William M. Branham (1909–1965) was an American Christian minister and
faith healer who initiated the healing revival movement after World
War II and left a lasting impact on televangelism and the modern
Charismatic movement. After claiming to have received an angelic
visitation on May 7, 1946, Branham launched his worldwide ministry and
campaigning career in June. His inter-denominational meetings were the
largest religious meetings that had ever been held in some American
cities. Branham was the first American deliverance minister to
successfully campaign in Europe. His ministry reached global audiences
with major campaigns held in North America, Europe, Africa, and India.
Crowds were drawn to his stories of angelic visitations and reports of
miracles happening at his meetings. His ministry spawned many emulators
and set in motion the broader healing revival that later became the
modern Charismatic movement.
Read more: <https://en.wikipedia.org/wiki/William_M._Branham>
Today's selected anniversaries:
The current flag of Japan was first adopted as a civil ensign
for Japanese merchant ships.
FC Bayern Munich, Germany's most successful football club, was
American biochemists Martin Kamen and Sam Ruben discovered
carbon-14, a radioactive isotope of carbon, which is now used
extensively as the basis of the radiocarbon dating method to date
archaeological and geological samples.
Violent riots, perceived to have been instigated by a train
fire that killed 58 Hindu pilgrims, broke out in the Indian state of
Gujarat, killing at least 1,000 people, mostly Muslims, over three days.
Wiktionary's word of the day:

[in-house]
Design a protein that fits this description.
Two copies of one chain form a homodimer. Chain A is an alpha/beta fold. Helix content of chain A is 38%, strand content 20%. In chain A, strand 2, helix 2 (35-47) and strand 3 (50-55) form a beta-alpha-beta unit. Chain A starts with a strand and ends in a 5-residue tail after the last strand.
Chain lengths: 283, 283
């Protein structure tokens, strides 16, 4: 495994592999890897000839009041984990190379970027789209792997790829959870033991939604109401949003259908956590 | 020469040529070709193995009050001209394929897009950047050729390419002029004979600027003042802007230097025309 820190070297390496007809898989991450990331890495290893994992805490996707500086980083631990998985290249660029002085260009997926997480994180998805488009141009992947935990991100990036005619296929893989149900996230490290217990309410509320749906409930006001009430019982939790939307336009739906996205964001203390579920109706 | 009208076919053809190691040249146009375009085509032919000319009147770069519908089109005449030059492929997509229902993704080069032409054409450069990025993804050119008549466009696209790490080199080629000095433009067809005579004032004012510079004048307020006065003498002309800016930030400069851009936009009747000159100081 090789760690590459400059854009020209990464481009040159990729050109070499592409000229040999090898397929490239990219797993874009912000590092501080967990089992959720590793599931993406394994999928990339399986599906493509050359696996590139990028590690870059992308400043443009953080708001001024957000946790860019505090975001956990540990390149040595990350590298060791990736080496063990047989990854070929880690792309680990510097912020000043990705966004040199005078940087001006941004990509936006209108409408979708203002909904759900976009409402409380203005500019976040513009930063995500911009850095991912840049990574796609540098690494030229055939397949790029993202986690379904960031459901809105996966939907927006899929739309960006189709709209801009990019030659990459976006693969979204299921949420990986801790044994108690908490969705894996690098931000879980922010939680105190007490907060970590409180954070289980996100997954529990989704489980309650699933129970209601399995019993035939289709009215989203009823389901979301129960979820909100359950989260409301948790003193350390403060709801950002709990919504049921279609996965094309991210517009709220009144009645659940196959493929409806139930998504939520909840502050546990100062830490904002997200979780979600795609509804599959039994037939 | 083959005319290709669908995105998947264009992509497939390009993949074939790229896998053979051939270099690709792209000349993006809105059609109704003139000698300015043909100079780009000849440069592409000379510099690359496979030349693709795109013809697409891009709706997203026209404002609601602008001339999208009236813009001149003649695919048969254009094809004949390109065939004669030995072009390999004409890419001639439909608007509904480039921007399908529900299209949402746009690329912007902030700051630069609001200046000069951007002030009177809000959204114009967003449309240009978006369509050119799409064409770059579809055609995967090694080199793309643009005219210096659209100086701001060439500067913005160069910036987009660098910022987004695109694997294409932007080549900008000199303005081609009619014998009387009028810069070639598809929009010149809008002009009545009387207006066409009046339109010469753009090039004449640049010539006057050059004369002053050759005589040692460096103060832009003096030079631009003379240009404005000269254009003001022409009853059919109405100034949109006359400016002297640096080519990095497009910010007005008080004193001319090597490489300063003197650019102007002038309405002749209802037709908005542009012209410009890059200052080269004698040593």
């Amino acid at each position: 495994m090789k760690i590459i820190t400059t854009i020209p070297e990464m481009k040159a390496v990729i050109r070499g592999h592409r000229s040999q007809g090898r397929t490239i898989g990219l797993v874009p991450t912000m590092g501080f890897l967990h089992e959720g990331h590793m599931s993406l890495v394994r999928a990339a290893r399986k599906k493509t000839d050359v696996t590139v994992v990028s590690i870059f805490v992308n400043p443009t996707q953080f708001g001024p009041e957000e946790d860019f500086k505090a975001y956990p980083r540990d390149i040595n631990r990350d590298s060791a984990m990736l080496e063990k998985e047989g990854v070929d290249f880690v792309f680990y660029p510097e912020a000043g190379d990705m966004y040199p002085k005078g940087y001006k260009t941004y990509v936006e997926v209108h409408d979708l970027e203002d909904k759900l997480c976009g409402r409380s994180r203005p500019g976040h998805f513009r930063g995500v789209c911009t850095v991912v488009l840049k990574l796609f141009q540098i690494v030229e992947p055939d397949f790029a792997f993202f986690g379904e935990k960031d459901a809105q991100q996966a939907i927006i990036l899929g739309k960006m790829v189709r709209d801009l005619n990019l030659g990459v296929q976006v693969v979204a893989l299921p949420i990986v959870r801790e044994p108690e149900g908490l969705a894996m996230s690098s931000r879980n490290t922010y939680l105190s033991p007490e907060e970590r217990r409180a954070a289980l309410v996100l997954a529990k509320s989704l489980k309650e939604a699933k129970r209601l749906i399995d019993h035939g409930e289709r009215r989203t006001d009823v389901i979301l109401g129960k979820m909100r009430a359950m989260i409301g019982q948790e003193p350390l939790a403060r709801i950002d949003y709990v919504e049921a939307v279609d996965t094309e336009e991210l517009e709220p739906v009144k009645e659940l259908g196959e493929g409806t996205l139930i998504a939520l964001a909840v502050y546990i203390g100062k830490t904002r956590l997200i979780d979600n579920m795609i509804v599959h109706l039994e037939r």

1. (philosophy, theology) Divine providence, foreknowledge, foresight.
2. (historical, Byzantine Empire) An imperial grant to an individual of
temporary fiscal rights in the form of land, incomes or taxes from land,
fishing rights, etc., sometimes carrying with it an obligation of
military service. […]
3. (psychology) A belief (sometimes regarded as irrational) that people
conspire to do one good.
Wikiquote quote of the day:
I believe the great ones, Plato, Lao Tze, Buddha, Christ, Paul
and the great Hebrew prophets are not remembered for negation or denial.
Not that it is necessary to be remembered but there is one purpose in
writing I can see, beyond simply doing it interestingly. It is the duty
of the writer to lift up, to extend, to encourage. If the written word
has contributed anything at all to our developing species and our half
developed culture, it is this: Great writing has been a staff to lean
on, a mother to consult, a wisdom to pick up stumbling folly, a strength
in weakness and a courage to support sick cowardice. And how any
negative or despairing approach can pretend to be literature I do not
know. It is true that we are weak and sick and ugly and quarrelsome but
if that is all we ever were, we would milleniums ago have disappeared
from the face of the earth, and a few remnants of fossilized jaw bones,
a few teeth in strata of limestone would be the only mark our species
would have left on the earth.